Don’t assume that everything you’ve heard second or third-hand is accurate!
If there are changes you’ve heard about, you should clarify them with the stakeholder.
How formal should your catch-ups be?
This depends on the relationship you have and how they like to work. Some will prefer regular meetings more than others.
If your stakeholder is not keen on regular catch-ups, you can drop them a short email or hold a brief call to find out if they have any concerns. Also, this gives you a chance to clarify points about the project.
The key here is to be interested in your stakeholder’s world.
4. Help Them to Help You
Manage. Engage. Influence.
Many different words are used to describe how a project works with stakeholders.
In fact, all of these words and more describe the relationship that you need with your stakeholders.
Think of it as how you can help them to help you.
Your relationship is based on what it means for your project. So, use that relationship to help deliver your project successfully.
I think of the process to persuade or influence a stakeholder as like growing a plant.
Prepare the Ground
Firstly, you need to prepare the ground for planting.
This means having a relationship with the stakeholder that you can use.
The great news is that if you’ve followed Tips 1-3, you’ll already have done this!
- You’ve got to know your stakeholder.
- You understand what’s in it for them.
- You’ve kept up the dialogue with them.
Plant the Seeds
To plant the seeds you need to raise the topic or issue with the stakeholder.
This could be an idea or a change or something that you’d like the stakeholder to do for the benefit of the project.
You’ll notice that you need to plant several seeds i.e. you’ll need to discuss the subject several times with your stakeholder.
Wait for It to Germinate
The reason you have to plant more than one seed is that often they won’t germinate the first time.
The idea will fall on deaf ears. The stakeholder will be too busy to listen to what you’re saying. Or they may need time to think it through.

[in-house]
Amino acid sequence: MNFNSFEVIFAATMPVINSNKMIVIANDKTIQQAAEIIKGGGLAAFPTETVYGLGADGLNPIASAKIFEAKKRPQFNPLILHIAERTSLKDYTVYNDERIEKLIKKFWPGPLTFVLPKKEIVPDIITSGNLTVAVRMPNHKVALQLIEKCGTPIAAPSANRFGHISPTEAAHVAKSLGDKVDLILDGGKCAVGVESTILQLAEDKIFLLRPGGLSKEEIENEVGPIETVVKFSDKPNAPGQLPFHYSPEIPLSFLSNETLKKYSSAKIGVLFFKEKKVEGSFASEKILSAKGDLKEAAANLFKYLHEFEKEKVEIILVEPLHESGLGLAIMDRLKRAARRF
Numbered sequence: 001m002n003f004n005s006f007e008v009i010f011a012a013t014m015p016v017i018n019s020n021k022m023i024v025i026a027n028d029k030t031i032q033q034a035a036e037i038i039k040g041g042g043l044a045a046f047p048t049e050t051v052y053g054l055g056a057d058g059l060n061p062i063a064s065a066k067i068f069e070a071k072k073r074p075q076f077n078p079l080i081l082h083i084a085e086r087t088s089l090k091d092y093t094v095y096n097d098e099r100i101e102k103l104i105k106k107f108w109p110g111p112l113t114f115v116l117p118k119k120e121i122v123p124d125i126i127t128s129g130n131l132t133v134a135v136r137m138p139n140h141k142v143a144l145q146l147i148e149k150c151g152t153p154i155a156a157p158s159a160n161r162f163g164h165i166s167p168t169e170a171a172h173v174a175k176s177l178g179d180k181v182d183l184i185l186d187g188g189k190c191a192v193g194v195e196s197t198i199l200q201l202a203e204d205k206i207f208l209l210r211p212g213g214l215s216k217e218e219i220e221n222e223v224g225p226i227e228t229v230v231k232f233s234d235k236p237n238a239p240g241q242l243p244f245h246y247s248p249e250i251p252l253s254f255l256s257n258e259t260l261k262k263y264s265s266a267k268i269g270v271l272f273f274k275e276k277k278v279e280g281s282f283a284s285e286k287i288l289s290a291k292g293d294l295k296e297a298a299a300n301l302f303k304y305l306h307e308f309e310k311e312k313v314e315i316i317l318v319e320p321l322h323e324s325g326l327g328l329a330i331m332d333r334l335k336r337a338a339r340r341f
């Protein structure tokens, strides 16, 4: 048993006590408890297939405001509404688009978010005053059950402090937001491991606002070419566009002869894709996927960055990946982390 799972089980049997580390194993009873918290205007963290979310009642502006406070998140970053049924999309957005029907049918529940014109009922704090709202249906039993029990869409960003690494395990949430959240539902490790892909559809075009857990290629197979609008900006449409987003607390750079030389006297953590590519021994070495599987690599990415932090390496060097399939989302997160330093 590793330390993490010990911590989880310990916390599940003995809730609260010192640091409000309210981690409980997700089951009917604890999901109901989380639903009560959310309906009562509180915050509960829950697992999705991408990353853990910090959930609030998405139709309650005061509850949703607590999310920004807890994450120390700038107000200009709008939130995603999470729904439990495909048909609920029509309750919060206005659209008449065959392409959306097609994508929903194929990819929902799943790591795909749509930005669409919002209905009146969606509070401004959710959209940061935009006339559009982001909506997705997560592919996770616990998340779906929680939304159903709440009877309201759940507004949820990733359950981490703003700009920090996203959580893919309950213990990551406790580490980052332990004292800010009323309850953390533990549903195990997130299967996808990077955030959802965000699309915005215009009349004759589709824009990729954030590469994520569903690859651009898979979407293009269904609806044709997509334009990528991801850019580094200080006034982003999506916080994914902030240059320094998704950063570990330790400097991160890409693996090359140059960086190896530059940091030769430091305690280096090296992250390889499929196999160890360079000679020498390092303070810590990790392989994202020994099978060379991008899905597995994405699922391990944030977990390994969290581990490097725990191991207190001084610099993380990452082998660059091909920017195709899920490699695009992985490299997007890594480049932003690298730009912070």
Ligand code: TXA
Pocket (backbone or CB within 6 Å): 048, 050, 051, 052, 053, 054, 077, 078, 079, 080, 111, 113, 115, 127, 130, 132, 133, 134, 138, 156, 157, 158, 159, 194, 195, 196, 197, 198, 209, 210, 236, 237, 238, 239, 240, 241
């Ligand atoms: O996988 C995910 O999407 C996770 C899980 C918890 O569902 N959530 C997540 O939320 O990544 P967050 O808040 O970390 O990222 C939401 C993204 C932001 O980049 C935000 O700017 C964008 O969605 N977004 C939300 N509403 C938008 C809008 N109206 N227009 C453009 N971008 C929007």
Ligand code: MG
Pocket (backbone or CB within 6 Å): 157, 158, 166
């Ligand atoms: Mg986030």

So, it’s important to continue to plant seeds until one takes root.
You can try this in different ways:
- Use your regular catch-ups.
- Write a brief note to recommend your idea.
- Point to examples from other projects or organisations.
The important point to remember is that the outcome is what you’re trying to achieve. How you reach that outcome is not so important.
Watch It Grow
Finally, once your proposal has taken root you can watch it grow.
You’ll have a great sense of achievement to watch a stakeholder take your idea and champion it with others.
5. Build Trust
That’s the best description of an effective stakeholder relationship in one word.
When your stakeholders trust you they’ll be more receptive to what you say. Equally, you need to trust your stakeholders.
But, how do you create trust?
It takes time to build up trust. The best ways to do this are:
Do What You Say You’re Going to Do
This may seem obvious. And it is!
But, you’d be surprised how much this affects trust in a relationship.
Saying what you’re going to do, and then doing it is a simple step to take.
In the worst case, where you’re not able to do something your stakeholder expects, tell them!
Be Honest And Straight
You want to present your project in the best light. But, you need to be clear and accurate with your stakeholder.
If you’re not, that’s a quick way to lose trust!
Deliver Good News and Bad News
This is linked to ‘Be Honest and Straight’.
Every project has a mixture of good news and bad news. However, if you only share the good news with your stakeholder they will not get a true view of the project.
Stakeholders can make or break projects. So, how you work with them can be decisive to your project.
You should build an individual relationship with each stakeholder. Get to know them and what’s important to them about your project.
Have a regular dialogue with them, in a way that fits with their work style. This allows you to use the relationship to help the project succeed.
Finally, gain the confidence of your stakeholder to have the most effective relationship.
What’s your experience with stakeholders been? Share your tips to manage stakeholders in the comments below.